Twitter Demographics

The data shown below were collected from the profiles of 16 tweeters who shared this research output. Click here to find out more about how the information was compiled.

Mendeley readers

The data shown below were compiled from readership statistics for 104 Mendeley readers of this research output. Click here to see the associated Mendeley record.

Geographical breakdown

Country Count As %
United States 1 <1%
Unknown 103 99%

Demographic breakdown

Readers by professional status Count As %
Student > Master 26 25%
Student > Ph. D. Student 20 19%
Researcher 15 14%
Student > Bachelor 10 10%
Other 8 8%
Other 7 7%
Unknown 18 17%
Readers by discipline Count As %
Social Sciences 18 17%
Engineering 13 13%
Medicine and Dentistry 12 12%
Sports and Recreations 6 6%
Economics, Econometrics and Finance 5 5%
Other 25 24%
Unknown 25 24%

Attention Score in Context

This research output has an Altmetric Attention Score of 43. This is our high-level measure of the quality and quantity of online attention that it has received. This Attention Score, as well as the ranking and number of research outputs shown below, was calculated when the research output was last mentioned on 15 November 2019.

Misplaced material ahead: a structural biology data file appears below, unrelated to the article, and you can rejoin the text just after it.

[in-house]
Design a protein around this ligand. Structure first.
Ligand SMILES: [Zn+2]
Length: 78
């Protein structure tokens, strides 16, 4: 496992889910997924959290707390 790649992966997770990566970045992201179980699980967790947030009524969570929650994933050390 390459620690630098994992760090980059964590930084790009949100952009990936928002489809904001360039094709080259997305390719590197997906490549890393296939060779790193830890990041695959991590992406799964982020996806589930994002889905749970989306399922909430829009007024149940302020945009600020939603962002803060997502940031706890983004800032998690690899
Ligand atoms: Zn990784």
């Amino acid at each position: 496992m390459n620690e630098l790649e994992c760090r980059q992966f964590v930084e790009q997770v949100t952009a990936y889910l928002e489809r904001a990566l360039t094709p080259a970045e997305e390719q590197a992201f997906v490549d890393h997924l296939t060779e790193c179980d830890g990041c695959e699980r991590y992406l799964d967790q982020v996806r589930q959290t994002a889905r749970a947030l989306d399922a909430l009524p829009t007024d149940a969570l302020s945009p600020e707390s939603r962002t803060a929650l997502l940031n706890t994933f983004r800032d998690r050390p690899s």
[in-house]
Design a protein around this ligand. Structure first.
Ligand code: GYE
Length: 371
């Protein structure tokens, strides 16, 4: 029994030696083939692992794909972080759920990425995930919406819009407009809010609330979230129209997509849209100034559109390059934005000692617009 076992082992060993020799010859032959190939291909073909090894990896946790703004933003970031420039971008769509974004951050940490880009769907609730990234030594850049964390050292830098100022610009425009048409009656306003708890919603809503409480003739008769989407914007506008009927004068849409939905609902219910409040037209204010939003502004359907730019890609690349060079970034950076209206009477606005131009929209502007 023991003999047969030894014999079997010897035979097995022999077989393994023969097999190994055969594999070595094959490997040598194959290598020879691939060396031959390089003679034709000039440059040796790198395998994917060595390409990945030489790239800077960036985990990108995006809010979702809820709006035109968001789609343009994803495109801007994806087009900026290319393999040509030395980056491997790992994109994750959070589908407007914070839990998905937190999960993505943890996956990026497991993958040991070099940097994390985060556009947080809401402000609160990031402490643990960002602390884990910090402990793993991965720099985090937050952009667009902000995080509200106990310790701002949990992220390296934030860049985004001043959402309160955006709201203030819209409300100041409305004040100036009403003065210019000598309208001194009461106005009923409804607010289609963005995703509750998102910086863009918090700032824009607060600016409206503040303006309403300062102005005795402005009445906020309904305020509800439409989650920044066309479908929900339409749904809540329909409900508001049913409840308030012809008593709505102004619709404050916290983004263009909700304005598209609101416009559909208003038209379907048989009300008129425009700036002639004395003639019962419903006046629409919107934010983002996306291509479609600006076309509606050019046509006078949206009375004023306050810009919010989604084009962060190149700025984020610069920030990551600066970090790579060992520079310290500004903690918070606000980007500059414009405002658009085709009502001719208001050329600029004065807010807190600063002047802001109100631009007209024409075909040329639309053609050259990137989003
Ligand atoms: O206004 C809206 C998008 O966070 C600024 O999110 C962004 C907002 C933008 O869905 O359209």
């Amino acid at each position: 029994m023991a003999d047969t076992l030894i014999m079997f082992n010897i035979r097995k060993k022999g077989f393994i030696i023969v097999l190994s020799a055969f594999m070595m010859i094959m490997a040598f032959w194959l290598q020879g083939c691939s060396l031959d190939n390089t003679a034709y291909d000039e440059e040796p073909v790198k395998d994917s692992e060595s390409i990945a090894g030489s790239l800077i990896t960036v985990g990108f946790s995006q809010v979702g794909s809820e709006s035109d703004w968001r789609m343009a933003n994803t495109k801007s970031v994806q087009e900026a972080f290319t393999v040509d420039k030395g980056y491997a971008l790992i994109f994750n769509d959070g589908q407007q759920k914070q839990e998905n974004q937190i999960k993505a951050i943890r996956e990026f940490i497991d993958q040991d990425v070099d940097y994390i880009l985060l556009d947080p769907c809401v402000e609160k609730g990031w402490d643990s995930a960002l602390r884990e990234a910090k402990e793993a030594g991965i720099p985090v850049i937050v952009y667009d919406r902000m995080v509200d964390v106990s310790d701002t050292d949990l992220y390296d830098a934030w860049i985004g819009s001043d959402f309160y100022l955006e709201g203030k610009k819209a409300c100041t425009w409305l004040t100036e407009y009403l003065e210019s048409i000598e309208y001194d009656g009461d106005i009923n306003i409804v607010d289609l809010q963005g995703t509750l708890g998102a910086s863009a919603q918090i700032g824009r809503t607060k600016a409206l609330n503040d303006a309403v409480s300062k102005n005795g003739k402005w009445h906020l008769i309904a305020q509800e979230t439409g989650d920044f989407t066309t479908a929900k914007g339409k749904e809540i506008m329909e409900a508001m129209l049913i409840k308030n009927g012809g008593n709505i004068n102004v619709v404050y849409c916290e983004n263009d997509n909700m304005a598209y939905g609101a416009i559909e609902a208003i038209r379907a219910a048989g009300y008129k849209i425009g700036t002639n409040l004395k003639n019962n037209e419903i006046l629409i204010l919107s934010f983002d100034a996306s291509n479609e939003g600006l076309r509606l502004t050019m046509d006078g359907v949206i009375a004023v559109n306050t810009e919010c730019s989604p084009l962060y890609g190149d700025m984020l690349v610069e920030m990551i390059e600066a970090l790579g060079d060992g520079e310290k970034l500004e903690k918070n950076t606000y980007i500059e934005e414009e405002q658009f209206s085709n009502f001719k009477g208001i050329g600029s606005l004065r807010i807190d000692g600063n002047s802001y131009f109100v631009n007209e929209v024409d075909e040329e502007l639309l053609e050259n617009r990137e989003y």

All research outputs
#545,736
of 16,209,978 outputs
Outputs from International Journal of Behavioral Nutrition and Physical Activity
#211
of 1,584 outputs
Outputs of similar age
#11,874
of 254,782 outputs
Outputs of similar age from International Journal of Behavioral Nutrition and Physical Activity
#1
of 13 outputs
Altmetric has tracked 16,209,978 research outputs across all sources so far. Compared to these this one has done particularly well and is in the 96th percentile: it's in the top 5% of all research outputs ever tracked by Altmetric.
So far Altmetric has tracked 1,584 research outputs from this source. They typically receive a lot more attention than average, with a mean Attention Score of 23.8. This one has done well, scoring higher than 86% of its peers.
Older research outputs will score higher simply because they've had more time to accumulate mentions. To account for age we can compare this Altmetric Attention Score to the 254,782 tracked outputs that were published within six weeks on either side of this one in any source. This one has done particularly well, scoring higher than 95% of its contemporaries.
We're also able to compare this research output to 13 others from the same source and published within six weeks on either side of this one. This one has done particularly well, scoring higher than 92% of its contemporaries.